Queensryche - s/t 3/5

Reviewed: 7-1-13


1. X2
2. Where dreams go to die
3. Spore
4. In this light
5. Redemption
6. Vindication
7. Midnight lullaby
8. A world without
9. Don't look back
10. Fallout
11. Open road

If you have been anxiously awaiting the new Queensryche CD with biding enthusiasm, then given the sign of the times, I feel it is my duty to weigh the pros and cons, in the light of certain controversies, and dispense with the myth, altogether.

There is no question that Todd La Torre is the perfect replacement for Tate. He is no idle stranger to the U.S. power metal majestic voice that set the precedent, and he clearly proved this when he replaced the late Midnight in Crimson Glory. I encourage you to check out the bonus live tracks on the deluxe version and when you experience "En force", "Prophecy", or "Queen of the reich" you will fall silent, and lose sanity.

Todd's vocals are the saving grace to this terse 's/t' release which clocks in at 35 minutes for the regular version. Parker Lundgren does his best imitation of Chris DeGarmo, and the writing team of Wilton and Rockenfield are consistent, but they are more dedicated to the chaos of the past decade than focused on making more mindcrimes.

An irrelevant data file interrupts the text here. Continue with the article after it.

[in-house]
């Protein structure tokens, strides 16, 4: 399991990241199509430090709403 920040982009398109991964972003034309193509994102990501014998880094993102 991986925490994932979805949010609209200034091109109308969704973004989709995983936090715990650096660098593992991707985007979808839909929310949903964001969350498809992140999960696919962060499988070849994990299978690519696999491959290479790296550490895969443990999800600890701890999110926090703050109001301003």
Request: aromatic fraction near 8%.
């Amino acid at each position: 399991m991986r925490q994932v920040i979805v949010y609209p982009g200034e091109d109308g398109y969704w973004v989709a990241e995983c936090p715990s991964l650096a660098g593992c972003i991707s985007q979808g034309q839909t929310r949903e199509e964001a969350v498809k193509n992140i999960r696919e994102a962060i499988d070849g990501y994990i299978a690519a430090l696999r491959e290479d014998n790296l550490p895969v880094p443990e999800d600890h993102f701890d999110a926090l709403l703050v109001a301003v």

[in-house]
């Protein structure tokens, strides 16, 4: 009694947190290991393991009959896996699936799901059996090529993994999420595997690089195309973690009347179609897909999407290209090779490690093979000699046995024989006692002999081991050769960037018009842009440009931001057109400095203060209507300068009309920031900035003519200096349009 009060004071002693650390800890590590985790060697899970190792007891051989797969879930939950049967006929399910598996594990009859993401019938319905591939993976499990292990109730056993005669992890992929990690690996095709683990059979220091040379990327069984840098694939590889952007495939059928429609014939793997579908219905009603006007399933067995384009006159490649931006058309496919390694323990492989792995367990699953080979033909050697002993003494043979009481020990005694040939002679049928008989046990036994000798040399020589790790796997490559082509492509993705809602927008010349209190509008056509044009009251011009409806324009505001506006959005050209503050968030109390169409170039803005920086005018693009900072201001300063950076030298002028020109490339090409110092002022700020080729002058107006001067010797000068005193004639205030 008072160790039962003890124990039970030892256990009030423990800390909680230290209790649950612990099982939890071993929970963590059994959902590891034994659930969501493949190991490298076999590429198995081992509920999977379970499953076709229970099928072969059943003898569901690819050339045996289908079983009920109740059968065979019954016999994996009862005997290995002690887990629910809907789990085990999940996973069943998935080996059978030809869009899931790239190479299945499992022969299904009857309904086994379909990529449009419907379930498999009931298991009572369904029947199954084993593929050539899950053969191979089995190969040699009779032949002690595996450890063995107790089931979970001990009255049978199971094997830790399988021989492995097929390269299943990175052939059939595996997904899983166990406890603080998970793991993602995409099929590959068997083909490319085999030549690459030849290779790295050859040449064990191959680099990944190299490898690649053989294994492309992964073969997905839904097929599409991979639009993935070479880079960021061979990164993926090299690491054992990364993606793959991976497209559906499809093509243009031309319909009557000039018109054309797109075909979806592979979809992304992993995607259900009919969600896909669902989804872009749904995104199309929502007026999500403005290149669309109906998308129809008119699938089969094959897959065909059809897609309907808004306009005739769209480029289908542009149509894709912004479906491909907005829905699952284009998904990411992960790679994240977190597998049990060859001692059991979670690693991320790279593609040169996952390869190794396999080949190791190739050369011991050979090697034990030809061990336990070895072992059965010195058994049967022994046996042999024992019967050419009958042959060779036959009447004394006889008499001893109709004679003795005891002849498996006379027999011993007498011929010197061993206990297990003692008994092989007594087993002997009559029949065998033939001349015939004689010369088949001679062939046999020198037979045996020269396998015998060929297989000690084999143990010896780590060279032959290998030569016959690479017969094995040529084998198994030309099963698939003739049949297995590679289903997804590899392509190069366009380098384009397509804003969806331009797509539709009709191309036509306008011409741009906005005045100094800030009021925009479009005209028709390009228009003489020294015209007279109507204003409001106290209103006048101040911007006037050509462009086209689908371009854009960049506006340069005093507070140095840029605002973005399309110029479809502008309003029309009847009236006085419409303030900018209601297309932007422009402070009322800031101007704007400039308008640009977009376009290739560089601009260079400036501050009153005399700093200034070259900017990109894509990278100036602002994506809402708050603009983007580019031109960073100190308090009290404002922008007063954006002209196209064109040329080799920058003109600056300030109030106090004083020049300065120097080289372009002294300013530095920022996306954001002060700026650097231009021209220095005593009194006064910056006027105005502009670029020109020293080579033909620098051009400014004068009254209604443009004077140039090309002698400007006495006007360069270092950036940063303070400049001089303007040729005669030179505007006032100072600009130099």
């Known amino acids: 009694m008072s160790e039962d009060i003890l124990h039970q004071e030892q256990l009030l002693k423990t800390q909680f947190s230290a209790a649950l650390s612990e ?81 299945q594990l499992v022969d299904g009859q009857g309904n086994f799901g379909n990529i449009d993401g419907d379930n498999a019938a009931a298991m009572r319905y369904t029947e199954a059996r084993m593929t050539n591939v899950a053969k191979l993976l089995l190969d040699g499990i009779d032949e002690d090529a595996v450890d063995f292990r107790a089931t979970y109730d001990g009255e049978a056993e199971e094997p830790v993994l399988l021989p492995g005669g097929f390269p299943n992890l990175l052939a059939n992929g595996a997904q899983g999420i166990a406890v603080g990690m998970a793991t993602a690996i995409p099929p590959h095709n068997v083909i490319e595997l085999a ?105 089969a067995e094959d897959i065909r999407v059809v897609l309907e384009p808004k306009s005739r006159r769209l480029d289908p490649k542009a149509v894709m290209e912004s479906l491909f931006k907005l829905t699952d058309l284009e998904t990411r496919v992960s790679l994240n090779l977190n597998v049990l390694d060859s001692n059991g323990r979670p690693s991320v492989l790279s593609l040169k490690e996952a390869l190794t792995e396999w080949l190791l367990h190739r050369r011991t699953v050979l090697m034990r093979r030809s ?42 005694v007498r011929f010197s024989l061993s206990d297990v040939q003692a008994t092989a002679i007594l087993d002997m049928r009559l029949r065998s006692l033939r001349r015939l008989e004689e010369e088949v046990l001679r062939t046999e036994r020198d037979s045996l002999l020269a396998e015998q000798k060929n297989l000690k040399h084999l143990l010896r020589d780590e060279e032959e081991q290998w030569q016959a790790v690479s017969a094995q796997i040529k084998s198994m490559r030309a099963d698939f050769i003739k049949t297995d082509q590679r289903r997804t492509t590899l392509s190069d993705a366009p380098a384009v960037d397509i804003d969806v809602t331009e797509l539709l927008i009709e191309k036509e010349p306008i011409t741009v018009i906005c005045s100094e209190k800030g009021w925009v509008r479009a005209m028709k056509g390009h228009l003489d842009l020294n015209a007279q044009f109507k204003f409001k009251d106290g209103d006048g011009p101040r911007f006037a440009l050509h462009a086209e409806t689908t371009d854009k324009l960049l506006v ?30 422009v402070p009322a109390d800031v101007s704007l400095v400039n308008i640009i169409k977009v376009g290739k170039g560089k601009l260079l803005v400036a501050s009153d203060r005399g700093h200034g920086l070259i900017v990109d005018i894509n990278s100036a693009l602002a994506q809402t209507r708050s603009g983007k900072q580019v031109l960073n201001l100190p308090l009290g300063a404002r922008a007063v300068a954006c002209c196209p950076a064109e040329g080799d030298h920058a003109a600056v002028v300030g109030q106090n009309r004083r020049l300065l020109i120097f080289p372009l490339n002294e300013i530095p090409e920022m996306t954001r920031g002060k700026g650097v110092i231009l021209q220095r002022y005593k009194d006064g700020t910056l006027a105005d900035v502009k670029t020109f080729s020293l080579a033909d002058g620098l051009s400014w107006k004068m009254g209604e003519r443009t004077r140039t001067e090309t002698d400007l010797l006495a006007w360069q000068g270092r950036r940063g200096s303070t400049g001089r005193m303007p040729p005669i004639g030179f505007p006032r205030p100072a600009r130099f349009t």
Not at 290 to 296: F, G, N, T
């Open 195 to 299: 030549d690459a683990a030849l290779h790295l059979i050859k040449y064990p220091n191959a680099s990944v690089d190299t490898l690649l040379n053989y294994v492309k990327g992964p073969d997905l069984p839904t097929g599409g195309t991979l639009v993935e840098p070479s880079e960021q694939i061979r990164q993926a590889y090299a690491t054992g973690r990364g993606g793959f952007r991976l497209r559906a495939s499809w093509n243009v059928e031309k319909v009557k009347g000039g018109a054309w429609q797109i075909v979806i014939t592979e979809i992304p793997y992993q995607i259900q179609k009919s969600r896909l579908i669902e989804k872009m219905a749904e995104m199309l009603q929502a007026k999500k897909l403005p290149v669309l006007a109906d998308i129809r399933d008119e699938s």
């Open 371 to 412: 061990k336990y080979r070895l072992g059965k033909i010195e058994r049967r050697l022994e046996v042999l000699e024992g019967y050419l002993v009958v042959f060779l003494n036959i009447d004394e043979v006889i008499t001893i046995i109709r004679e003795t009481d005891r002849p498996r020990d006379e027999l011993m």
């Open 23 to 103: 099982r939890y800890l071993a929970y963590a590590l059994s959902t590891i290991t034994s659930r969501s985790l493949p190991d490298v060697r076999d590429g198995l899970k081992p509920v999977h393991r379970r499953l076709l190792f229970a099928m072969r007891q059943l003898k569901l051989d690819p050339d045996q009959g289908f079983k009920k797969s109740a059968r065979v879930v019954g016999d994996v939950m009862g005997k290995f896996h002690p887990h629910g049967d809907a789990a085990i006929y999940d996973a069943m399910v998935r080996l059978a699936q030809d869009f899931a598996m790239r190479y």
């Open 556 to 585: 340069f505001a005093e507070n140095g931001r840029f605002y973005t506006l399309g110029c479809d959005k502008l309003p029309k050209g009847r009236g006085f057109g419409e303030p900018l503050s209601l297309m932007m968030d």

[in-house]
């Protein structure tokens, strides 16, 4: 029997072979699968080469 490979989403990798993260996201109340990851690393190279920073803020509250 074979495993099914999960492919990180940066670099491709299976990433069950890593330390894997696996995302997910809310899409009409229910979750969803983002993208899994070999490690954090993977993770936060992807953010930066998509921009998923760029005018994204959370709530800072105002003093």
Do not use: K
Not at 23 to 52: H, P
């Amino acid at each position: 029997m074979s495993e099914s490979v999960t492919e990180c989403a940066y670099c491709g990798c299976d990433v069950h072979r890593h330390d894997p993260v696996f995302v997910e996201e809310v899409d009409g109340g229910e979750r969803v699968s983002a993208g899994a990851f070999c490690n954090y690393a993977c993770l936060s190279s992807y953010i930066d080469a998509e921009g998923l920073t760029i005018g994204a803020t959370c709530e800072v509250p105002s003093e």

Take cover, because this is not 'Rage for order II' as the band had promised, landing more on the tarmac of 'Hear in the now frontier'. Case in point, the opener "Where dreams go to die" sounds a lot like "Sign of the times", and the 2nd offering "Spore" seems like a spin-off of "Spool".

Todd walks in the shadows of all contracts unfulfilled and unresolved. He somehow manages to pen some poignant killing words and positive poetic lyrics, but even while screaming in digital, the lackluster music is seldom breaking the style and stance of mere mediocrity.

There can be no vindication or redemption for the lean to the right. Are they truly doing the best they can? This seasoned tribe of mariners have been misguided by their compass, and the needle lies! Is anybody listening, or are we all led astray on roads to madness?

In the real world without a mission of sonic deliverance, the band forfeits their dignity, and shuns the evolution, stalling, as fans desperately strive to take hold of the flame; and not become too burned out by sheer boredom.

After the debacle from the other Geoff Tate Queensryche CD and the unknown frequency of recording complications and line-up rising problems, I was so hoping the rest of the remaining ragers for order would release something of merit and worth.

Heed this warning! If you celebrate the first 4 CDs for which they have built their empire, then hear me now as I inculcate the fact that the Jet City yeomen still refuse to embrace the American power metal ideal, even as they relentlessly soldier on, and try to not look back.

After the fallout, what we essentially have here is an acute take on 90s efforts like the aforementioned 'Here in the now frontier', as well as 'Promised land', with hints of 'Empire', but certainly not anything prior. I guess this is where dreams go to die.




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